Running an email infrastructure has always been a thankless job. When it is all going well, you’re lucky to get an odd grunt of appreciation, but the bulk of the feedback generally comes in the form of complaints, threats and abuse when things go wrong.
There is then the hassle of managing all of the associated stuff like mobile and remote access. And what if you are a small business that has little or no IT resource? How can such organisations take advantage of the latest and greatest (?) email and collaboration technology?
Enter hosted Exchange services.
Over the past few years, a number of service providers have set up shop delivering Microsoft Exchange capability as a service over the wire. The basic proposition is that they take care of running everything on the server side and you rent access to as many user accounts/mailboxes as you need. The whole thing is then configured so you effectively see a virtual private Exchange server that you then administer as if it was running on a box in your office, computer room or data centre. The difference is that you don’t have to worry about the physical aspects of operating, maintaining and periodically upgrading servers. You just get on with the things that matter such as group structures, user permissions, sharing strategies and so on.
The team that established our own company in the summer of 2005 had a positive experience of hosted Exchange from their previous lives. It was therefore very natural for us to look at such services when we started a new business. Since our original experiences, however, with what we can call a “premium” Exchange service, we had noticed the emergence of lower cost options from service providers offering Exchange facilities for as little as 10-12 Euros per user per month. We therefore decided to evaluate one of these alongside the premium option we were used to.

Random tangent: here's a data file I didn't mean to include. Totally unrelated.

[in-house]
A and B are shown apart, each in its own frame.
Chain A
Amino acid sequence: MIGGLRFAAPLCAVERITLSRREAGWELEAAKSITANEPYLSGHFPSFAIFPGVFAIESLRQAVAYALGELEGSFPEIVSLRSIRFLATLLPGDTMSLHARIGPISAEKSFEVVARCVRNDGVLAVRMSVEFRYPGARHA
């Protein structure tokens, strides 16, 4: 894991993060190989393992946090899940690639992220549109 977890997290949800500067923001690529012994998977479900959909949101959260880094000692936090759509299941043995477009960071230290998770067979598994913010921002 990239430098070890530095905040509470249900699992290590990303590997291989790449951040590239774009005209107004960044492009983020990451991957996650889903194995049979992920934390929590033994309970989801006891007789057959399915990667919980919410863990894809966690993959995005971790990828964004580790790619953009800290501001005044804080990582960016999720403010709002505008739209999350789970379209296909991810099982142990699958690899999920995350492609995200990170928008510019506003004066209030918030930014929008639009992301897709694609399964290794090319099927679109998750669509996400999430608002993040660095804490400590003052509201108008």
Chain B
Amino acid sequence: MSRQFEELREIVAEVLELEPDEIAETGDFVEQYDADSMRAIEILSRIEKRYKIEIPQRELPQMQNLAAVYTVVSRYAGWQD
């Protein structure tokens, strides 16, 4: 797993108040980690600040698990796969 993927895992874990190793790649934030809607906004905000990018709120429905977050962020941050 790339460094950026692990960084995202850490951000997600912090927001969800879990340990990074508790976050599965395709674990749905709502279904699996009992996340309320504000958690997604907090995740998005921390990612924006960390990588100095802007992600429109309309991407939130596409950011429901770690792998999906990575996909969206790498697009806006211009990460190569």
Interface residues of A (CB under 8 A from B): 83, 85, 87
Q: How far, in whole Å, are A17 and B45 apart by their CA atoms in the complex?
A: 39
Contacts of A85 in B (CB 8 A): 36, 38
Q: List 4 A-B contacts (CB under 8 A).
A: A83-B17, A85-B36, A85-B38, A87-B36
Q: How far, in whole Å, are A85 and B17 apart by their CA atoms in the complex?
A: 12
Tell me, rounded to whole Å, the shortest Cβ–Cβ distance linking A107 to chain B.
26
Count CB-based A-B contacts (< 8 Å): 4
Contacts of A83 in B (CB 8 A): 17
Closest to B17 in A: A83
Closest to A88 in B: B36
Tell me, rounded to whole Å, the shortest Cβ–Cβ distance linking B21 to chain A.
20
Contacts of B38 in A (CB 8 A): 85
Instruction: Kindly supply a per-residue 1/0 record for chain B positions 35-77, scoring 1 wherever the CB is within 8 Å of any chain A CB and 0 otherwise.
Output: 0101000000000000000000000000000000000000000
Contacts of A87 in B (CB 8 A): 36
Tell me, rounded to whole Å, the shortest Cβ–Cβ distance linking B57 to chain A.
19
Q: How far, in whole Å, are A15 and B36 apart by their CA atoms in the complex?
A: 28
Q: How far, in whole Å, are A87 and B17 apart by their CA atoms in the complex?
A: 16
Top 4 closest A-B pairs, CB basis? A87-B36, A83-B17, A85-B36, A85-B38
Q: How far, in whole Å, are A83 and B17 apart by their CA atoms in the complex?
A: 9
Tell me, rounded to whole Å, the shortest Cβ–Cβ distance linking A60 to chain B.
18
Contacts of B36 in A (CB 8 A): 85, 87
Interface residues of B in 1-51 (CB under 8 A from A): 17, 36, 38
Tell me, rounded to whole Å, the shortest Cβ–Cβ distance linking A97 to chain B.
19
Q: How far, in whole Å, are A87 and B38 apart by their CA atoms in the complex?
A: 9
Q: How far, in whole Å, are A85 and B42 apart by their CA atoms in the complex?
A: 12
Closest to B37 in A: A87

Overall, we were impressed with both services from a functionality and reliability perspective over the course of the month we ran with them. Both provided an Outlook 2003 client licence for each user, a secure Web interface through Outlook Web Access and an easy to use control panel with associated documentation for managing basic options.
Setting up Windows Mobile smartphones and PDAs was also very straightforward, generally taking less than 5 minutes to configure Orange C500 and M2000 devices to the point where they were synchronising email, calendar and contacts reliably over the air.
We started to notice differences in two areas as we began to get more adventurous, however. One was in some of the more advanced aspects of collaborative and group functionality such as public folders, group administration, aliases, directory management and so on. Everything was very obvious with the premium service and seemed to just work, whereas we struggled a bit with the economy alternative and even at the end of the evaluation period, still didn’t achieve quite what we wanted in terms of public folders, group setup, etc.